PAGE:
Pat Maddox wrote:

> 
> Personally, I have no use for closing a class.  If I were to write an
> app to be used in a financial or health care organization, I would
> probably want to be able to write some code with the knowledge that
> nobody could arbitrarily change it.
> 
> Perhaps I shouldn't even be commenting because I don't have any
> real-world experience with designing these kinds of apps.  It just
> seems to me that the main point is that sometimes a business has
> requirements with a very high cost of failure.  In these specialized
> instances, I think it's more than reasonable to protect your code.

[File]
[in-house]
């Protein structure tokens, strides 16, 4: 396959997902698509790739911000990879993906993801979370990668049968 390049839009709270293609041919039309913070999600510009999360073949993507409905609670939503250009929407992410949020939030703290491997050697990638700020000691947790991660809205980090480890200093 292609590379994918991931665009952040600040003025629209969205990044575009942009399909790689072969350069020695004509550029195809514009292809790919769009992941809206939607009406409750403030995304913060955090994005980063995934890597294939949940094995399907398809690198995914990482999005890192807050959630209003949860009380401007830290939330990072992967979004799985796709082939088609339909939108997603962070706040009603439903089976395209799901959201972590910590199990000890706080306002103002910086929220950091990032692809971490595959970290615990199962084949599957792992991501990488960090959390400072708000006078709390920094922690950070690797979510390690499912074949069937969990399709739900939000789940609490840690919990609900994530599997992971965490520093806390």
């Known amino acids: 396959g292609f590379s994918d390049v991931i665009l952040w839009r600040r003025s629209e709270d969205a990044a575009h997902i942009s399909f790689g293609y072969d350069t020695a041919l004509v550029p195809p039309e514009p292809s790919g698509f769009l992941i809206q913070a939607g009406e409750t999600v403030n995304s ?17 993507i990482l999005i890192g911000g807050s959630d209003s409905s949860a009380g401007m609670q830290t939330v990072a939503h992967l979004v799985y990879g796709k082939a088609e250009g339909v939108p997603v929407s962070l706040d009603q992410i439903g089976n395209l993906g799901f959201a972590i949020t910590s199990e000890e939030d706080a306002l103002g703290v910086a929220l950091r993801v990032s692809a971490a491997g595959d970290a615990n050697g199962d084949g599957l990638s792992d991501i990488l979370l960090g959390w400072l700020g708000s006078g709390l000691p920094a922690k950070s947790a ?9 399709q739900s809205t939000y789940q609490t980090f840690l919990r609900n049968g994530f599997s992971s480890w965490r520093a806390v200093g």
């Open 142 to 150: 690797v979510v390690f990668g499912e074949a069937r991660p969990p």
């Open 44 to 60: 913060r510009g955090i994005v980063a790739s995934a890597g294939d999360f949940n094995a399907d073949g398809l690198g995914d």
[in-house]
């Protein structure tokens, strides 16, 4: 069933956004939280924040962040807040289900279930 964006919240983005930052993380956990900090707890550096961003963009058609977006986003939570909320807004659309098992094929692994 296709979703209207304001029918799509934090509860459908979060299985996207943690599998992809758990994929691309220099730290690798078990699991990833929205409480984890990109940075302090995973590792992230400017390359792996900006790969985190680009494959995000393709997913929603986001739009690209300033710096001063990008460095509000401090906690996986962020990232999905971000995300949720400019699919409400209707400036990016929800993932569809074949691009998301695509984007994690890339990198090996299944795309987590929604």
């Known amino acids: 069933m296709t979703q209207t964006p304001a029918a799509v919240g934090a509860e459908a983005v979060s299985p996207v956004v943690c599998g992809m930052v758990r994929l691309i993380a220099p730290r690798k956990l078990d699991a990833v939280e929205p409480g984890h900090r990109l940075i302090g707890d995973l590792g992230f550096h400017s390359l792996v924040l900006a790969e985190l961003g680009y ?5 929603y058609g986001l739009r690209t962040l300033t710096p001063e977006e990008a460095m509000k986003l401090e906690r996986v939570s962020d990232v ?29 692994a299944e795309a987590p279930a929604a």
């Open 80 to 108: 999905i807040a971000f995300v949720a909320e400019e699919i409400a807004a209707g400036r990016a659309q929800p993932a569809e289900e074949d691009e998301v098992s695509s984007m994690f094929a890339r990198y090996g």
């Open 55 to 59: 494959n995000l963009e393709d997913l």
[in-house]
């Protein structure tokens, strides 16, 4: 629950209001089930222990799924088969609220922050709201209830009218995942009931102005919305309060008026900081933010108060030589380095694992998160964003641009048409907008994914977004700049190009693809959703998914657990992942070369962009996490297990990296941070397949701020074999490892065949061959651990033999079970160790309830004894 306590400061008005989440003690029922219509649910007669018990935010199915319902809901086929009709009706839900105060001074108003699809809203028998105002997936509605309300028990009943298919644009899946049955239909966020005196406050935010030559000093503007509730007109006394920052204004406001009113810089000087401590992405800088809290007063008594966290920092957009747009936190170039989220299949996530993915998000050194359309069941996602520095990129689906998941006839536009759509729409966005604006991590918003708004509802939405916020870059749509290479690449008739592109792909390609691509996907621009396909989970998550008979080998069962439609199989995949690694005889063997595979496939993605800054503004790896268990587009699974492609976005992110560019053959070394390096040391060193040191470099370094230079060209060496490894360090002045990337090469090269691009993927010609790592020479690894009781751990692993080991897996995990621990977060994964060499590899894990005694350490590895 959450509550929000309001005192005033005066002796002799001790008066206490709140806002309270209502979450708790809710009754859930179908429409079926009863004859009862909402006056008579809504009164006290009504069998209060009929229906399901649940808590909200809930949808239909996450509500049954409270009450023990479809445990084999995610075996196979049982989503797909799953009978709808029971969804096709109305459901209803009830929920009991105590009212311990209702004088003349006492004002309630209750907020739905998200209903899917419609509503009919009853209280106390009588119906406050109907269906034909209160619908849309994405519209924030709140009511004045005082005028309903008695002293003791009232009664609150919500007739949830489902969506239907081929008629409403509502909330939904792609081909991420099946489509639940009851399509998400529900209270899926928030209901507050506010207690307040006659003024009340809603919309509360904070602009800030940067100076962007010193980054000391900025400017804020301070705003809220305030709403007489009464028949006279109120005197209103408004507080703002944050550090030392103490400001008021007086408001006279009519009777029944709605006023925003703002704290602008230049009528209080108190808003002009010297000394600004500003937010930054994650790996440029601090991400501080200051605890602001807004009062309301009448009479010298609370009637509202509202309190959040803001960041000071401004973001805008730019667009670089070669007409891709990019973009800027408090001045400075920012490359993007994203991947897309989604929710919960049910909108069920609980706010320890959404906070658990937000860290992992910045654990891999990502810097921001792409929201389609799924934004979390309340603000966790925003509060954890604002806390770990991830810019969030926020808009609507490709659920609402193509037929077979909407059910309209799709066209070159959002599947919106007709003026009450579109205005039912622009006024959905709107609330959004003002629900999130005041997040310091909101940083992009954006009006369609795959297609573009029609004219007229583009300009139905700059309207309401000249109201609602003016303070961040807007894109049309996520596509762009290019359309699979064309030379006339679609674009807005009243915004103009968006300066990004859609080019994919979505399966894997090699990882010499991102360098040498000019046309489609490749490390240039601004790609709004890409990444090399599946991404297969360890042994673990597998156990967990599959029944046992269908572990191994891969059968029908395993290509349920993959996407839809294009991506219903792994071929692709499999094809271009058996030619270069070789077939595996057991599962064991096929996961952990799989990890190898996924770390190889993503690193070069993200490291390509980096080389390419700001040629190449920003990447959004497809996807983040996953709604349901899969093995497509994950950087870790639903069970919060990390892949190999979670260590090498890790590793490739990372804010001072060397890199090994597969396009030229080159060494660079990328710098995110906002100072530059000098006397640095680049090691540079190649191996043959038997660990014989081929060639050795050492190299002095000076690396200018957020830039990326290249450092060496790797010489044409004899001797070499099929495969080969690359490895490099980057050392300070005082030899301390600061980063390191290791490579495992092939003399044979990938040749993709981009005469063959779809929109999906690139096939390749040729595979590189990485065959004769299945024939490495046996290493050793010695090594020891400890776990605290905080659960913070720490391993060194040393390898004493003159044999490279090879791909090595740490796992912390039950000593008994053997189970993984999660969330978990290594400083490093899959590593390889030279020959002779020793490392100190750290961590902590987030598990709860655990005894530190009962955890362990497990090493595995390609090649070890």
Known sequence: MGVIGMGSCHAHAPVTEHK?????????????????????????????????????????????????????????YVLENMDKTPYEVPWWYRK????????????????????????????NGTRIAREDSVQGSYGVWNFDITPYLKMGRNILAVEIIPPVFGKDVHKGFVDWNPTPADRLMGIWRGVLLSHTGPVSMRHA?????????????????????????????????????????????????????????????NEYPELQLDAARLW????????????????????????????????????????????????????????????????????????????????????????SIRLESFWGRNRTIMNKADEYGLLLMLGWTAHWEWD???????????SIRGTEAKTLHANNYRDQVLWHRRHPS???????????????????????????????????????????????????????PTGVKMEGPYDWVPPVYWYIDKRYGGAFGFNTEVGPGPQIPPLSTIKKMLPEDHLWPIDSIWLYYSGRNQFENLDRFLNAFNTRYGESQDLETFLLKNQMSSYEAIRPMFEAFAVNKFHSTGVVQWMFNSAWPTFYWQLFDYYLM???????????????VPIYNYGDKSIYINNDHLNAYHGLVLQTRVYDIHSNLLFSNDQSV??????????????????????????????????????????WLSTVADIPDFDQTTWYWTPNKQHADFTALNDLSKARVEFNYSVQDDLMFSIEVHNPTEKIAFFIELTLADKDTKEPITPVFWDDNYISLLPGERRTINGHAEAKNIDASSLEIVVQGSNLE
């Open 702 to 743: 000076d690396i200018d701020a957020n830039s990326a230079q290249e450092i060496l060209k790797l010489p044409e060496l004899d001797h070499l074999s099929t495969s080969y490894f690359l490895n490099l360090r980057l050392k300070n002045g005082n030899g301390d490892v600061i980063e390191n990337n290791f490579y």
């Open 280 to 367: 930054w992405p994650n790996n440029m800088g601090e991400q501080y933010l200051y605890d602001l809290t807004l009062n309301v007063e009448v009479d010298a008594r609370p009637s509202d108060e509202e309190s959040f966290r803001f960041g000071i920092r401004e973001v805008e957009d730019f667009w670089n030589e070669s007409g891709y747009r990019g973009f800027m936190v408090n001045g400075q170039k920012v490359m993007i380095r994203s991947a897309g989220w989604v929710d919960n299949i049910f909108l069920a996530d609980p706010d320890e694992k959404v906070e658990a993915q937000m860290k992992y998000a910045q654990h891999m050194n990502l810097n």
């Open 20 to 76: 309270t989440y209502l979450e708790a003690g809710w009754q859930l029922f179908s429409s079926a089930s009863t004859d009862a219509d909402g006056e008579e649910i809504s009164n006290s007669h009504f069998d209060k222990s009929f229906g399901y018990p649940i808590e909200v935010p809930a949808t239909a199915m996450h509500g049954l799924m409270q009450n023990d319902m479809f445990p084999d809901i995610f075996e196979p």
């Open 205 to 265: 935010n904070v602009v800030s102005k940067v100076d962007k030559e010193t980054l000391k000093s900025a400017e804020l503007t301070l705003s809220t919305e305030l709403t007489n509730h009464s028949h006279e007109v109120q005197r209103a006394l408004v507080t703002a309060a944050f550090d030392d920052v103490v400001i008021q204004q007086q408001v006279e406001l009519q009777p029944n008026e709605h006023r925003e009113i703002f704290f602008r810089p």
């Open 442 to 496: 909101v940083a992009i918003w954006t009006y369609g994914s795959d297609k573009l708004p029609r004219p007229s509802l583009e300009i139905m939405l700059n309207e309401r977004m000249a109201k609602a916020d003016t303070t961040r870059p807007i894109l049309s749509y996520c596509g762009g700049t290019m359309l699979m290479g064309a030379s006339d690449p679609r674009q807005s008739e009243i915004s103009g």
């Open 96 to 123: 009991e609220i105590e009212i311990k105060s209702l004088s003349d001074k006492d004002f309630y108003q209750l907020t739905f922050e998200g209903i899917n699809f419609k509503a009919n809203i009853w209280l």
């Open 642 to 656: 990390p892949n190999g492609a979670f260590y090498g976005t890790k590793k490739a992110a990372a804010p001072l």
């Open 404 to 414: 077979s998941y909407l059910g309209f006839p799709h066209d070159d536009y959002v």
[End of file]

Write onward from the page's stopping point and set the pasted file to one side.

Right.  And in those cases it may make sense to use a different 
language.  Various degrees of security often come with corresponding 
development costs.  For me, those day-to-day costs aren't justified for 
what I write; the pros and cons of Ruby work out quite well.    But, 
just as one might prefer C to Ruby when speed is the main concern, a 
different language might be called for to satisfy other needs.

Better to change languages than to change Ruby.

-- 
James Britt

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